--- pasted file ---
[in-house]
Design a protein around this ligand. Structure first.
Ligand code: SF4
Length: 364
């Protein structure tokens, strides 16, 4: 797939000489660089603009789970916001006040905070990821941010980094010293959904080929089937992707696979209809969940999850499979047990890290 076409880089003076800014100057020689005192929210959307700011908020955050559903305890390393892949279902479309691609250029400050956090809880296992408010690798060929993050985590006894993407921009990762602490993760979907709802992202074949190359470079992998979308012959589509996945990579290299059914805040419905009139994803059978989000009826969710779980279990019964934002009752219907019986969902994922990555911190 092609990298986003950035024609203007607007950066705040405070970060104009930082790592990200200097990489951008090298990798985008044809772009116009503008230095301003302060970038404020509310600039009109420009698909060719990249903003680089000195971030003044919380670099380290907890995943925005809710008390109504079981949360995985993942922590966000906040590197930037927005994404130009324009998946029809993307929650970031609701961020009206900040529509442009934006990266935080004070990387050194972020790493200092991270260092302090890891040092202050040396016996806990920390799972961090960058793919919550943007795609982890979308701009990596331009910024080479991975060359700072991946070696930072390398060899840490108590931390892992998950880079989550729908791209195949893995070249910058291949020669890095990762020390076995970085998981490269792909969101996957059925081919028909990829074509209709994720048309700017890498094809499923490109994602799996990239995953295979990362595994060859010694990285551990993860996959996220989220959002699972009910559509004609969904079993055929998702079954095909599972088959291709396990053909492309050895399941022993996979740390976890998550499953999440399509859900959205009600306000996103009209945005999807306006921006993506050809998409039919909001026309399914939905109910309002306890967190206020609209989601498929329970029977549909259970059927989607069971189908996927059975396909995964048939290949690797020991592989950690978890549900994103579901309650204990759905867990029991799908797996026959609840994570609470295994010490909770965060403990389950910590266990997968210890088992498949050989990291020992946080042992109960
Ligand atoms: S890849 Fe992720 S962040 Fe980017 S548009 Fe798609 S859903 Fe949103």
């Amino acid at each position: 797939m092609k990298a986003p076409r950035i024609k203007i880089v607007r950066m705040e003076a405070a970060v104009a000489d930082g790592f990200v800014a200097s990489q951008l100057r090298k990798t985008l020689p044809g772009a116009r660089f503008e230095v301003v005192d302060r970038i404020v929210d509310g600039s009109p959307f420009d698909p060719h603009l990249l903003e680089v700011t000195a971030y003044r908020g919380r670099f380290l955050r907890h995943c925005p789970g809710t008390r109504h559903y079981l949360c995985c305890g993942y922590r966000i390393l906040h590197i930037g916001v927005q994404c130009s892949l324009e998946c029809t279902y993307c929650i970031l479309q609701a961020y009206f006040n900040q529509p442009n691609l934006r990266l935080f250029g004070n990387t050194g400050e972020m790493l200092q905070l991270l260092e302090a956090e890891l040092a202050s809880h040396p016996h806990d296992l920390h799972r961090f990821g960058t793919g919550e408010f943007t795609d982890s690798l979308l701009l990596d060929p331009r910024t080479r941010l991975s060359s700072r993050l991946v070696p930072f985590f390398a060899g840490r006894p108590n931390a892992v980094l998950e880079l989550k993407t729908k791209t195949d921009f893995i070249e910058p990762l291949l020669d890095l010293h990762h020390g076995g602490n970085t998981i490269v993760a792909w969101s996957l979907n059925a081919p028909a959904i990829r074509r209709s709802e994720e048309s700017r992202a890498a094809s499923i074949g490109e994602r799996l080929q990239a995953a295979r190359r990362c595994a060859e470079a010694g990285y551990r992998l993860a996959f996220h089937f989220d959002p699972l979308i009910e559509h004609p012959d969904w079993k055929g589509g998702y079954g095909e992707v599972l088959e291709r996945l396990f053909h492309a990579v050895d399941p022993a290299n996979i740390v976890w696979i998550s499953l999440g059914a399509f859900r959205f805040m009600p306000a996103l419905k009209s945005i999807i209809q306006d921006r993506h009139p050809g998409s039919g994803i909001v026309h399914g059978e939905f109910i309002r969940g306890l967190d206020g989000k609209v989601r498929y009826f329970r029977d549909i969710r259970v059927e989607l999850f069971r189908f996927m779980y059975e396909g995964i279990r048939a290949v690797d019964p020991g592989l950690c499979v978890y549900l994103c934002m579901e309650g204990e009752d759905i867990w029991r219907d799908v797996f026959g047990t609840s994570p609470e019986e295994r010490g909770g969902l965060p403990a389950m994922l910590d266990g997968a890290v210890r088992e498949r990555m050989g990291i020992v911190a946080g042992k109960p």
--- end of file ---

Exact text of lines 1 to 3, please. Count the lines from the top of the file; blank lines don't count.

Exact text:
[in-house]
Design a protein around this ligand. Structure first.
Ligand code: SF4